NASA has released images of a huge meteor that exploded across the earth last year with more than 10 times the atomic energy falling on Hiroshima during World War II.
"Fireball" NASA's expression of an unusually light meteor visible over a wide area exploded about 16 miles above the Bering Sea on December 18. Although fireballs are quite common, this was the most powerful meteorologist track since 2013.
On Friday, NASA shared images of the fireball captured from Terra, a satellite, the size of a small school bus encircling the earth on a north-to-earth -Seed track every 99 minutes. The pictures were snatched a few minutes after the explosion, according to NASA.
In an image sequence, a bright orange shadow left by the meteor is located at the bottom right. The long, dark strip in the middle of the picture is actually a shadow of the meteor path thrown on top of clouds. The shade is stretched out of the sun's low angle.
Another image captured by another instrument aboard Terra is a true-color image of the remains of the meteor passage.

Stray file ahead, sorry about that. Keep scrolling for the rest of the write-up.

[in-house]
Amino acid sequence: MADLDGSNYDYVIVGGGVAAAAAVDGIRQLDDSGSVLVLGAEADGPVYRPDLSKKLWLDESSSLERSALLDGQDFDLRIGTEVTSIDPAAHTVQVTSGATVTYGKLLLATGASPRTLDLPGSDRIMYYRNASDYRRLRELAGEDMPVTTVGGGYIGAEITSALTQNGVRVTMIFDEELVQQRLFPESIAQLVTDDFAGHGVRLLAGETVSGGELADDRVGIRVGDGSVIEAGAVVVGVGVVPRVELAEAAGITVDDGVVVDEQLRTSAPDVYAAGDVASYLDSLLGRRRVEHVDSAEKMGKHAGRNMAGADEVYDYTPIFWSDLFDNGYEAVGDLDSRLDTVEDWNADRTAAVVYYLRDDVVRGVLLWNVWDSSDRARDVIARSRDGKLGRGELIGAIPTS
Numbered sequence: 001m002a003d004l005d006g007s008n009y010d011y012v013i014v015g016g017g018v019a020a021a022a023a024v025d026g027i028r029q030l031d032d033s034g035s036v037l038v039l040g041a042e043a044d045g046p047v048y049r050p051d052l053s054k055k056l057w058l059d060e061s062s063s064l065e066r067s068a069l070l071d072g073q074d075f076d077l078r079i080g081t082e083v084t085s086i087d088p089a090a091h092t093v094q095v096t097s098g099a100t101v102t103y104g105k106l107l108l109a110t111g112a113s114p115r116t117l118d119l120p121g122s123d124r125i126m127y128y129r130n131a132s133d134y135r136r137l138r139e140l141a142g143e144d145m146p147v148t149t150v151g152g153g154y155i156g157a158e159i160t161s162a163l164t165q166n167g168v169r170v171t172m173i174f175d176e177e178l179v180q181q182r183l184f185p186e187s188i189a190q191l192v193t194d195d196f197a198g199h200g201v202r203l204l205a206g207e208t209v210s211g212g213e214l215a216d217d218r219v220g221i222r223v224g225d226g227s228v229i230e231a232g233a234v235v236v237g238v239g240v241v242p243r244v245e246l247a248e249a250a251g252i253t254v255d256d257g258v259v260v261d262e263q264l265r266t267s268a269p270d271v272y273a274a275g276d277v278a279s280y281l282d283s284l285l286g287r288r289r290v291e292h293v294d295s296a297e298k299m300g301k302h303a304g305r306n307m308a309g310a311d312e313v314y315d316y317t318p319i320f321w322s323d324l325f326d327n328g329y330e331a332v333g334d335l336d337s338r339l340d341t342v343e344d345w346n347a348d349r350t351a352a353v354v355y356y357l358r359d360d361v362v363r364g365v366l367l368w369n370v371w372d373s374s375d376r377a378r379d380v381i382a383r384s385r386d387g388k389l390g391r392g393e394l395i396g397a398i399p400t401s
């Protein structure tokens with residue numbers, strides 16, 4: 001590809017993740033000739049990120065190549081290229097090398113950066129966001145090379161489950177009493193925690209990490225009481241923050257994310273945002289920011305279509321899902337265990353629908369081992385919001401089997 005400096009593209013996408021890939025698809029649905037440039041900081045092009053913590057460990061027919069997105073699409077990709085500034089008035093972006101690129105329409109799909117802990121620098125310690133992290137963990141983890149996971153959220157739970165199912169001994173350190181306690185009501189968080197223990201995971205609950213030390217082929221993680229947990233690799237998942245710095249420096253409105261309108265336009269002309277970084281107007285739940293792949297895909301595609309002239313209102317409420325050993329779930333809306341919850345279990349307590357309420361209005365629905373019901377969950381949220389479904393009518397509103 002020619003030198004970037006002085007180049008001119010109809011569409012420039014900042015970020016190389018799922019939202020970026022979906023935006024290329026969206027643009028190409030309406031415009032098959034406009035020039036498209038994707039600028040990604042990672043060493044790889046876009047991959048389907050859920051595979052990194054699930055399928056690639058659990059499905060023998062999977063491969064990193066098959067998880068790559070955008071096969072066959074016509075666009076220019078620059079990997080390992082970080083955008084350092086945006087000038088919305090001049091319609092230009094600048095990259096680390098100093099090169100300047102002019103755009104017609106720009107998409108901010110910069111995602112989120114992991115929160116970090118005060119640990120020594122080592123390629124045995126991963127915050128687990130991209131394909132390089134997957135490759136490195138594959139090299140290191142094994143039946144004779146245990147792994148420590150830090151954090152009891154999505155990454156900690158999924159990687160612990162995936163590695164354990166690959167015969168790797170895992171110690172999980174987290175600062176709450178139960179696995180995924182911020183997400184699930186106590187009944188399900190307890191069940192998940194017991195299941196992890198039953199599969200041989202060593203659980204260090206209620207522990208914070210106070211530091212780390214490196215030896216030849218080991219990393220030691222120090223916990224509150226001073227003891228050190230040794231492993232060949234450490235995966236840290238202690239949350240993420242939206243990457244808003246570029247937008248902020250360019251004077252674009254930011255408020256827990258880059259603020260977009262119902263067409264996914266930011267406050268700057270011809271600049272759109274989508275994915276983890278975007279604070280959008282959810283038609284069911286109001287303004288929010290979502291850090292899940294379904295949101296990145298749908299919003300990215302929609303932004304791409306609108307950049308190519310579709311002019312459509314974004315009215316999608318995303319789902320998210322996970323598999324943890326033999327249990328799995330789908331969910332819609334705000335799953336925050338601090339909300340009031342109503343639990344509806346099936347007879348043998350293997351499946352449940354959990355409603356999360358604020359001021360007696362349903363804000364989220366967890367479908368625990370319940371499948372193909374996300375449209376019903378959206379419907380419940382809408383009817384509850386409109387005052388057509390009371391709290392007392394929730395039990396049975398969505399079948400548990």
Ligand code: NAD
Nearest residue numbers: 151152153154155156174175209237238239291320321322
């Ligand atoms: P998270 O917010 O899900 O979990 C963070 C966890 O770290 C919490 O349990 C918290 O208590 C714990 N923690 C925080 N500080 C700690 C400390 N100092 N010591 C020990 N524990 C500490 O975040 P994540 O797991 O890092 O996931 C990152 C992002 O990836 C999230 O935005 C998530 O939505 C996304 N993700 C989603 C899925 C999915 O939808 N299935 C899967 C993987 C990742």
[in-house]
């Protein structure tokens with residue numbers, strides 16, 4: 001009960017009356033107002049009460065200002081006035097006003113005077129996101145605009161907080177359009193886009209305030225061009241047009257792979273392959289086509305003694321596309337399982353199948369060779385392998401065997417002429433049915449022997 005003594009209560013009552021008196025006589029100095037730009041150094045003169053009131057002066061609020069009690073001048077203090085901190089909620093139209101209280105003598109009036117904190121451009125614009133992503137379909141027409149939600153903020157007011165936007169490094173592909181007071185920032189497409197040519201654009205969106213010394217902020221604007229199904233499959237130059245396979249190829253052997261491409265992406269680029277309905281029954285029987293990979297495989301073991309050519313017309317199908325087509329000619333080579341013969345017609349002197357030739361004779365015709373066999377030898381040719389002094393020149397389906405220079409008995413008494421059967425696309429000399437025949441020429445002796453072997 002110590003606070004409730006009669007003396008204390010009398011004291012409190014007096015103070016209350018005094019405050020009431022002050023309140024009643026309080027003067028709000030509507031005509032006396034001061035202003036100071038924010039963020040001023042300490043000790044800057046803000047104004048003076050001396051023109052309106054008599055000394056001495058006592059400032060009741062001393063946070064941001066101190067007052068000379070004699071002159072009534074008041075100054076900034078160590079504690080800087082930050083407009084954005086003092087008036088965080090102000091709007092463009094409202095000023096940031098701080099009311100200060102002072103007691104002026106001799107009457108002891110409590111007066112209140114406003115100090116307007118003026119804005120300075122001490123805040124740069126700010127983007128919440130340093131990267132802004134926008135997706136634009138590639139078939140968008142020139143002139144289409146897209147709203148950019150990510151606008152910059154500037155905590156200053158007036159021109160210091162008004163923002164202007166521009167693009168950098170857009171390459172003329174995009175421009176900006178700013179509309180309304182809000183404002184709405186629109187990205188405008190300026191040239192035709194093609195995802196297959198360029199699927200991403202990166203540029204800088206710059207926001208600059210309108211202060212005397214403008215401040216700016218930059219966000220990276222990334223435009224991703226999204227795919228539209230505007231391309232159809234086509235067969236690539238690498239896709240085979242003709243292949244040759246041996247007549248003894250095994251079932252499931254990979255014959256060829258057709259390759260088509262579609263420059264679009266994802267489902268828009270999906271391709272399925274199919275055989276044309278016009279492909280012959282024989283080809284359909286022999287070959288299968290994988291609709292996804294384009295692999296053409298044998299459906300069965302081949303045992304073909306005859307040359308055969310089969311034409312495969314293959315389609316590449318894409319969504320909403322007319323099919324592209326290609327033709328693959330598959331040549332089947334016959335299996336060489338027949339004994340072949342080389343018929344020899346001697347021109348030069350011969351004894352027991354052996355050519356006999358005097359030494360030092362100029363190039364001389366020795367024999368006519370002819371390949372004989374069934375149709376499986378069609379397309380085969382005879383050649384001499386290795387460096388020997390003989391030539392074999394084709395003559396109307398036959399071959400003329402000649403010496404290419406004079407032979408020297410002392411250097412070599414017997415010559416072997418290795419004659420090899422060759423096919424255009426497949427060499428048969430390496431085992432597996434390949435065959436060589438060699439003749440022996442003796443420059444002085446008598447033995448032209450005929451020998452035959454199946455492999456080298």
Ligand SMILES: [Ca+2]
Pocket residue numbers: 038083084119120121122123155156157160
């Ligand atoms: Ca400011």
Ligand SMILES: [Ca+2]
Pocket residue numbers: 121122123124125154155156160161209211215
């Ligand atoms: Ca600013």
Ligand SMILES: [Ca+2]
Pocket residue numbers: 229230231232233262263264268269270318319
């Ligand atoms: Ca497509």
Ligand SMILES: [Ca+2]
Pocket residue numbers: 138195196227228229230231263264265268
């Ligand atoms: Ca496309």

Meteors, known as "shooting stars", are the visible paths of asteroids or comet fragments that enter the Earth's atmosphere. Atmospheric friction causes the object to lower, heat up and eventually collapse. Fragments of exploding space rock, called meteorites, are sometimes found on the ground.
Because of its height and distant location over the Bering Sea, NASA said the December fireball was not a threat to humans.
In 2013, a large meteor exploded over the Russian city of Chelyabinsk, damaged buildings and injured over 1,000 people.